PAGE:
High School Football

Georgetown football uses losses as fuel for season

It’s been more than nine months since Georgetown played a football game.

But the memories of how the 2011 season ended are still fresh.

The Bulldogs went into the fourth week of region play still competing for the title. However, Georgetown was blown out by Myrtle Beach, then lost by a touchdown to Wilson after missing a pair of field goals that would have won the game.

The three-game skid continued in the playoffs, where the Bulldogs lost in the first round to eventual Lower State champion Bluffton by 40 points. That three-week stretch put a damper on what was an otherwise outstanding season.

“It hasn’t left our mind, not one bit,” coach Bradley Adams said of the final three games last season. “We all know and all the kids know that we were very close to being an 8-2 football team [at the end of the regular season]. We lost a game that the players … knew was for a No. 2 seed. The kids pay very close attention to it. It led us and fed us in the offseason. They’ve been working since November. It has not left their head and their hearts one bit.”

Some believed the Bulldogs simply ran out of gas. More likely, though, is that the growing program simply wasn’t ready to compete with the top talent.

And while Georgetown has yet to play a game this year, Adams’ team is start to look – at least on paper – like the next transition from solid team to high-quality one is underway.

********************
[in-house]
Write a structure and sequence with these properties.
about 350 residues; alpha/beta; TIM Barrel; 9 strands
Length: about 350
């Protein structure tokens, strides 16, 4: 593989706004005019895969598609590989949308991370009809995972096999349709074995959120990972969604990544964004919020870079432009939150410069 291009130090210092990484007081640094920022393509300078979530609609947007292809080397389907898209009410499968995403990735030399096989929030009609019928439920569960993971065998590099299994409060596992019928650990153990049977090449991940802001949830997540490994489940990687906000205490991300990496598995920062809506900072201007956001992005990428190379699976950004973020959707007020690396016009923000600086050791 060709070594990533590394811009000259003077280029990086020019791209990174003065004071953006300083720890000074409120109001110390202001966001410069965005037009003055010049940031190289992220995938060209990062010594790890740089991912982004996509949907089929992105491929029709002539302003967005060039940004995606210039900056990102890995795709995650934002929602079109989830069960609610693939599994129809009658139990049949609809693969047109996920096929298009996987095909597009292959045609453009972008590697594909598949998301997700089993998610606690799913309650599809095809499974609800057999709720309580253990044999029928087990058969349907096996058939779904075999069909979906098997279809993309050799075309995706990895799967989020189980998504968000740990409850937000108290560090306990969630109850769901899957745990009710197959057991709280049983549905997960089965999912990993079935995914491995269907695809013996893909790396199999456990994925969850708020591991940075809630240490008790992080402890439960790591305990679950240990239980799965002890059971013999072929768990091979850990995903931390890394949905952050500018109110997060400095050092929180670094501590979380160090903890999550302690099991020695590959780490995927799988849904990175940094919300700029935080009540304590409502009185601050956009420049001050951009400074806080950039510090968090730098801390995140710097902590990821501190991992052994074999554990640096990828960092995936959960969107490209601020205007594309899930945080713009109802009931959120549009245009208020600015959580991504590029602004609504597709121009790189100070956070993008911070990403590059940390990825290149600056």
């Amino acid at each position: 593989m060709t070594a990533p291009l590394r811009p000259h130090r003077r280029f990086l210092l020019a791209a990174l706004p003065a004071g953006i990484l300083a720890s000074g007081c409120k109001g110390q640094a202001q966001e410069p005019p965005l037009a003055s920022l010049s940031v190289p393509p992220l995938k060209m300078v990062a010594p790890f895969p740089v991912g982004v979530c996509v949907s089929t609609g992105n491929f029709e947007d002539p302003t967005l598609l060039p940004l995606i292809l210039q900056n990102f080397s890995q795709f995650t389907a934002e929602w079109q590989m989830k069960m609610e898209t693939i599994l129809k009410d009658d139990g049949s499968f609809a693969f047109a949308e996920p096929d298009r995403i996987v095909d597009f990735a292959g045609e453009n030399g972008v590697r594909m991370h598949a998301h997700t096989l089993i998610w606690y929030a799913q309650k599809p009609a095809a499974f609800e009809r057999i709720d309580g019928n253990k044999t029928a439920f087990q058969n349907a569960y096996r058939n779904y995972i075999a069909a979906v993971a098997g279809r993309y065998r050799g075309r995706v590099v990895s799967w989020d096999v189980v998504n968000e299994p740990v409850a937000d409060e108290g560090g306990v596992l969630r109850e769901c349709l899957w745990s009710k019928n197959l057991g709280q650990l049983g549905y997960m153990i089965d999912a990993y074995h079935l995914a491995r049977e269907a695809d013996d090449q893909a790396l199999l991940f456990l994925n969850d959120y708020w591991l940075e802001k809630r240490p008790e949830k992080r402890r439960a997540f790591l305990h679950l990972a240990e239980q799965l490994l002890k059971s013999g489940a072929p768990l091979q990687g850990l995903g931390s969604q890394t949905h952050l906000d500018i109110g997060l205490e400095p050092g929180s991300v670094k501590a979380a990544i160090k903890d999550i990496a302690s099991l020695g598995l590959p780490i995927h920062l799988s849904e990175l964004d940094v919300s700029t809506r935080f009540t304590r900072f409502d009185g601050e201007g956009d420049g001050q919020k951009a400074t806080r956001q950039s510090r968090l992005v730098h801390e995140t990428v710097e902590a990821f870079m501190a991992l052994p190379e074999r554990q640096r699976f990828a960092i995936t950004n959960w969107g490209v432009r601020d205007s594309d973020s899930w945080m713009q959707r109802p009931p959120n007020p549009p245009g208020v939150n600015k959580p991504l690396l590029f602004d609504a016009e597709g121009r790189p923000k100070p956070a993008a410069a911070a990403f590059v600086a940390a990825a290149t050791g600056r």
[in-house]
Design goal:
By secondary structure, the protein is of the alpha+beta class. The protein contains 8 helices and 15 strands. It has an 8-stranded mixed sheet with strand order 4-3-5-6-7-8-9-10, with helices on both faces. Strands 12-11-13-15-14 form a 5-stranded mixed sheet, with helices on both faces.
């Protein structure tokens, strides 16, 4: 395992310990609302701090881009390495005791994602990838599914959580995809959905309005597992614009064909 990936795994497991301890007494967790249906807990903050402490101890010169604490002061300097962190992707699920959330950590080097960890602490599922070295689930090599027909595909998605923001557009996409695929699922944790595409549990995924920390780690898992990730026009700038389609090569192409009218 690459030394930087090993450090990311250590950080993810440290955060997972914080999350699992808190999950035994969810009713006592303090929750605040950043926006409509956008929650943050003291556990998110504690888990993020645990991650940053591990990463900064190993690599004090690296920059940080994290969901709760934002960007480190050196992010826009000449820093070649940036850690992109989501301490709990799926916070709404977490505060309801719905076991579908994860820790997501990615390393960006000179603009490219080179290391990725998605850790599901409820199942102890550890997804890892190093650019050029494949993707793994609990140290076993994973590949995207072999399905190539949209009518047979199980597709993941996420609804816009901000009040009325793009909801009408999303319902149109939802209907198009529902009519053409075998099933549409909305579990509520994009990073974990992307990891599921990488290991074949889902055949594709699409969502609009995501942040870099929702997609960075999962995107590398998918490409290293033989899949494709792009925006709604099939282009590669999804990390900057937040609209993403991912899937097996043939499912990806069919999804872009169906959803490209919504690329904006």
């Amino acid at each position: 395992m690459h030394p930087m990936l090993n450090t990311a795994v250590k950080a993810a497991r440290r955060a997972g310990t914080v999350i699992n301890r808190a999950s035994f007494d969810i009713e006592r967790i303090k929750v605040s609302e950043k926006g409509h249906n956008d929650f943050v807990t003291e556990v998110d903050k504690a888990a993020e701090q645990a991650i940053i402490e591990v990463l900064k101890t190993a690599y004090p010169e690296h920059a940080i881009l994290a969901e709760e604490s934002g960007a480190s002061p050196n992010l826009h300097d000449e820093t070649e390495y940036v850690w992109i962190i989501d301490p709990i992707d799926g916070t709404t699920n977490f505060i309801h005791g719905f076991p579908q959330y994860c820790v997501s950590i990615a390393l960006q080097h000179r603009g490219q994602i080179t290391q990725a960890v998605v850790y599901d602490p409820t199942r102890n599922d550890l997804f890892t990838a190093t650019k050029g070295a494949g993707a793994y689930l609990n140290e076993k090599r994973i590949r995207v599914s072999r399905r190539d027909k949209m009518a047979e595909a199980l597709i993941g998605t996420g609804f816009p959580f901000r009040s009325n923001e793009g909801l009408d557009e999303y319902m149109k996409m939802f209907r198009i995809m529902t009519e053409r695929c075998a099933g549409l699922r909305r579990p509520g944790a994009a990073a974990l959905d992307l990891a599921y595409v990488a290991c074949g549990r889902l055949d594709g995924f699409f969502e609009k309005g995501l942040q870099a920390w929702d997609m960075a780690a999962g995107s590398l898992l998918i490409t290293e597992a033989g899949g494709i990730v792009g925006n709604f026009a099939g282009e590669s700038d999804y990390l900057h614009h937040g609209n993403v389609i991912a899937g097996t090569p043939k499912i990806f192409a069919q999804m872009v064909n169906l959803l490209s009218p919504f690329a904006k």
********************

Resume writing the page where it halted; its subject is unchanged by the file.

It doesn’t matter that defensive line standouts Trenton Grate-Reed (Newberry) and LeeShawn Cromedy (North Greenville) have moved on to the college ranks or that leading rusher Leonard Leake and top receiver Kysheem Muhammad have graduated.

What the Bulldogs bring back far outweighs the losses.

In the mix are six returning starters on offense and seven on defense. There’s quarterback Caleb Hughes, who last year set the school’s single-season passing record with more than 1,300 yards.

Running back Julian Lunsford steps into the top spot after splitting time with Leake, and receivers AJ Walker and Tarik Tucker give Hughes a pair of targets to make the spread offense that much more effective.

Defensively, Adams contends linemen Dominique Wigfall and Anthony Blair could be better than Grate-Reed and Cromedy. Behind those two will be a stable of experienced linebackers and defensive backs that could make Georgetown’s defense into one of the best in the area by season’s end.

Again, it all started with the kick in the pants that was the final three games of last season.

“Those last three losses made us more hungry,” Hughes said. “What happened against Wilson was bad luck. I think the playoff game at Bluffton really matured us as a team. We learned a lot from that.”

Enough so, it seems, that Georgetown’s regularly scheduled battle of attrition was limited to graduations – not players transferring out or quitting football altogether.

Adams said that is a product of winning, but also the connection between the coaching staff and the players. Either way, it’s built toward this.

Twenty-four seniors aim to not only take the Bulldogs back to the postseason, but help the program win its first postseason game since 2005. Even that, though, isn’t something the Georgetown coaches and players talk about.

They keep their goals in relatively generic terms, in part because they’re not exactly sure how good they can be. The Bulldogs found out the hard way a year ago how one loss can spiral into three.

“We believe they are beginning to grasp that,” Adams said. “They have grasped that understanding and they firmly believe what’s going on. They have worked so hard that they are going to fight it until the end and they are going to see what the reward is going to be at the end of the tunnel.”